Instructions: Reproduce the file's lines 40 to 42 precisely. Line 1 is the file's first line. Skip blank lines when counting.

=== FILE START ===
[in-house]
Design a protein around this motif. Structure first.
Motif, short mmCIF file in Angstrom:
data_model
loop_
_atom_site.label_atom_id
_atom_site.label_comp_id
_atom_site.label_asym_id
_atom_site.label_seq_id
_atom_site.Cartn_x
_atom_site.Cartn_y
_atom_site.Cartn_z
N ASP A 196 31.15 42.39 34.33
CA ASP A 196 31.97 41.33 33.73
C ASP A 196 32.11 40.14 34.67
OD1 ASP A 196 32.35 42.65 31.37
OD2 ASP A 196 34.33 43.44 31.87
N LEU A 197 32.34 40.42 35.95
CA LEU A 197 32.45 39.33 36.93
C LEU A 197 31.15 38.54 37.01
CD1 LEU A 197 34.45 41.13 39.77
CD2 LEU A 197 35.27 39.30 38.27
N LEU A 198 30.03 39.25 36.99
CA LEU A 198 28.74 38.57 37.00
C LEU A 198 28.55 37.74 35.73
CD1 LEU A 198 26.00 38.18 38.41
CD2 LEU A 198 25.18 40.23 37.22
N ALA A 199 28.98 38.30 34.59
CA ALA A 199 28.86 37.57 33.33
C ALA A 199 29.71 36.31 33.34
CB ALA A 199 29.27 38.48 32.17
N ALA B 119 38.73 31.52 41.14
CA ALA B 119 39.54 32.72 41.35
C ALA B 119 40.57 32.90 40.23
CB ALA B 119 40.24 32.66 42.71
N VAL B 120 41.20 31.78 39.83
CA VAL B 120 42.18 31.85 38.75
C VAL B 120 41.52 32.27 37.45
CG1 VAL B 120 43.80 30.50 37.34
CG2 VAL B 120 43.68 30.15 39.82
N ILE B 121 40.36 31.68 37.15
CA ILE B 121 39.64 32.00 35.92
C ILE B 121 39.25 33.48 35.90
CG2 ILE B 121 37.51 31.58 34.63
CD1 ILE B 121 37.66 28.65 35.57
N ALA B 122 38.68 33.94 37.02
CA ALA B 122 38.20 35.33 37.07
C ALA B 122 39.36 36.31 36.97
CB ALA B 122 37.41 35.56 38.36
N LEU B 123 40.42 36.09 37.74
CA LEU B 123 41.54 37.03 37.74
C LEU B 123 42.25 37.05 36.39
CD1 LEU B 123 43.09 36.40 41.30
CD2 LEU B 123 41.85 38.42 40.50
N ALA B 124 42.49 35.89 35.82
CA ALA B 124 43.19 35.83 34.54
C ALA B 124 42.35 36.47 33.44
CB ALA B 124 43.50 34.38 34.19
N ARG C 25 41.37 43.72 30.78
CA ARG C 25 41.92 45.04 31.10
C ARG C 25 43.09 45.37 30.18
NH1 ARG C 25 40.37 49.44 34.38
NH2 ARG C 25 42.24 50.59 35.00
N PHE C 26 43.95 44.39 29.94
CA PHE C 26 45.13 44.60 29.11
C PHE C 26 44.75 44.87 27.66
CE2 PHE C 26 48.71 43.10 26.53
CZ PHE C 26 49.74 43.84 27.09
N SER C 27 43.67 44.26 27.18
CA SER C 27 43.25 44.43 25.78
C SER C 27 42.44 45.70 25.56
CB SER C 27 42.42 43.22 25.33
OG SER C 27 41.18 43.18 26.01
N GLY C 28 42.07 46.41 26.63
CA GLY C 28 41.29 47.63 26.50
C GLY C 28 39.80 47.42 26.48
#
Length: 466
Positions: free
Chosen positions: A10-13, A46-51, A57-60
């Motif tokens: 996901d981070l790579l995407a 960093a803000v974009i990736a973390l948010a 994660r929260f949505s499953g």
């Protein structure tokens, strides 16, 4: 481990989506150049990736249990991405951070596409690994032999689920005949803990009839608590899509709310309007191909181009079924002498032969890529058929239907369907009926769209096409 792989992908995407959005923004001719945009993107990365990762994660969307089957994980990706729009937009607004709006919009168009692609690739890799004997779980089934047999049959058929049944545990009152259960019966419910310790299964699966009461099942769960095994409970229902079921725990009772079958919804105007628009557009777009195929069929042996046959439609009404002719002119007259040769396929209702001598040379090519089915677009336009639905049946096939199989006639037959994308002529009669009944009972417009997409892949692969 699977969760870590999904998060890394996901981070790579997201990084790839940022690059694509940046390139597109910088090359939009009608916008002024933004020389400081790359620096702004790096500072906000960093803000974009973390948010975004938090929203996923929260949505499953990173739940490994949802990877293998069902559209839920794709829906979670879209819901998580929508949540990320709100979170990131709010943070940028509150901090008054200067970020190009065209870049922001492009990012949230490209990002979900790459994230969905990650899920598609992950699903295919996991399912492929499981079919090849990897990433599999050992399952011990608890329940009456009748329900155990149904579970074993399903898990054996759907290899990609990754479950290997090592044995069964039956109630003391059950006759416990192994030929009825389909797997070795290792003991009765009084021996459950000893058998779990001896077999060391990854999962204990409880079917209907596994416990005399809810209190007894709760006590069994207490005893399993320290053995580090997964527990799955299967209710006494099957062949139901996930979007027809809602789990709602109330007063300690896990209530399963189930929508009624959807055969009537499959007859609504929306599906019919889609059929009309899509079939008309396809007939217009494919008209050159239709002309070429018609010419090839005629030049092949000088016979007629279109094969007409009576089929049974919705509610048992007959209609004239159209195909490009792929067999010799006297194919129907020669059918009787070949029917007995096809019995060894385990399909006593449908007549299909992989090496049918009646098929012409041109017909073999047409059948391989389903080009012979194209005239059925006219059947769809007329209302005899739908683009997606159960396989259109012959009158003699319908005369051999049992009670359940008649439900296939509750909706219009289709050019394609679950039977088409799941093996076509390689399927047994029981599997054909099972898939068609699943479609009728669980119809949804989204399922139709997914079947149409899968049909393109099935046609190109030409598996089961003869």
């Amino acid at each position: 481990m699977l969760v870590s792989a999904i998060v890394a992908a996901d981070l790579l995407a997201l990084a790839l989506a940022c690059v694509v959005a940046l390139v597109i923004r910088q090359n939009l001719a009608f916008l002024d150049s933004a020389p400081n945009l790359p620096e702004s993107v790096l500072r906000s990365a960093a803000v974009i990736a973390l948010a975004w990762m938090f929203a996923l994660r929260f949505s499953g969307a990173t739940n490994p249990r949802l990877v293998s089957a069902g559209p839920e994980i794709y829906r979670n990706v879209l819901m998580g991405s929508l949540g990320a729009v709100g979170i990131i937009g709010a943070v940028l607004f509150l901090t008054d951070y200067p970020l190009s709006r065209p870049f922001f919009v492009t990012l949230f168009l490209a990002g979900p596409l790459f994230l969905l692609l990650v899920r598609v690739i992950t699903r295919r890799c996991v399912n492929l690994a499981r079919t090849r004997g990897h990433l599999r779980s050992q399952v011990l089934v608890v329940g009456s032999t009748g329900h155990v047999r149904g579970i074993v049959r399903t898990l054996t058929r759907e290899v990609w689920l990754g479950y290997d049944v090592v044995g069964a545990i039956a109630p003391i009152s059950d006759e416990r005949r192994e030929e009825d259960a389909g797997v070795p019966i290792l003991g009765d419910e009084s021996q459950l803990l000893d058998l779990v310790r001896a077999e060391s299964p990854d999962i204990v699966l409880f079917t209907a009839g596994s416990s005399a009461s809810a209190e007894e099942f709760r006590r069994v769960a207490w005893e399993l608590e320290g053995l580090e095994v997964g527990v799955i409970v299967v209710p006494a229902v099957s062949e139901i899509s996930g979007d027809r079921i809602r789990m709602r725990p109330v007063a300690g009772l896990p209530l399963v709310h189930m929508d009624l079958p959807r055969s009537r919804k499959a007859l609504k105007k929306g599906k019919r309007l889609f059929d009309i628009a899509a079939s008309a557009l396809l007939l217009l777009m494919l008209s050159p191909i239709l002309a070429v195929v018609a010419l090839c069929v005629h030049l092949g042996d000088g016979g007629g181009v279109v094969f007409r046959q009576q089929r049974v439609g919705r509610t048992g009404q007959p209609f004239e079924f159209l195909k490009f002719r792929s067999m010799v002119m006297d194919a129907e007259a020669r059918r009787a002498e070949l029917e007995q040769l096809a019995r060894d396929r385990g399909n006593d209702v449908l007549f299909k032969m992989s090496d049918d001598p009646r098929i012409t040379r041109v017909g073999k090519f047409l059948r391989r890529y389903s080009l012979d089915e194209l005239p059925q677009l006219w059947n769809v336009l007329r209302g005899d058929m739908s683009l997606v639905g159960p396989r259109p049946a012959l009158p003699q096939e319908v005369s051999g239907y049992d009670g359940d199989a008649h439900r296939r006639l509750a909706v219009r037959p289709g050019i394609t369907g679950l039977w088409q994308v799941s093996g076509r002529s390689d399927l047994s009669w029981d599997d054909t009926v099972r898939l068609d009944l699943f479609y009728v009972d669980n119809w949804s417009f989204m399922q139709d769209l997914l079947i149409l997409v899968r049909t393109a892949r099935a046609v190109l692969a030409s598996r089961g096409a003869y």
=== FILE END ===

CG2 VAL B 120 43.68 30.15 39.82
N ILE B 121 40.36 31.68 37.15
CA ILE B 121 39.64 32.00 35.92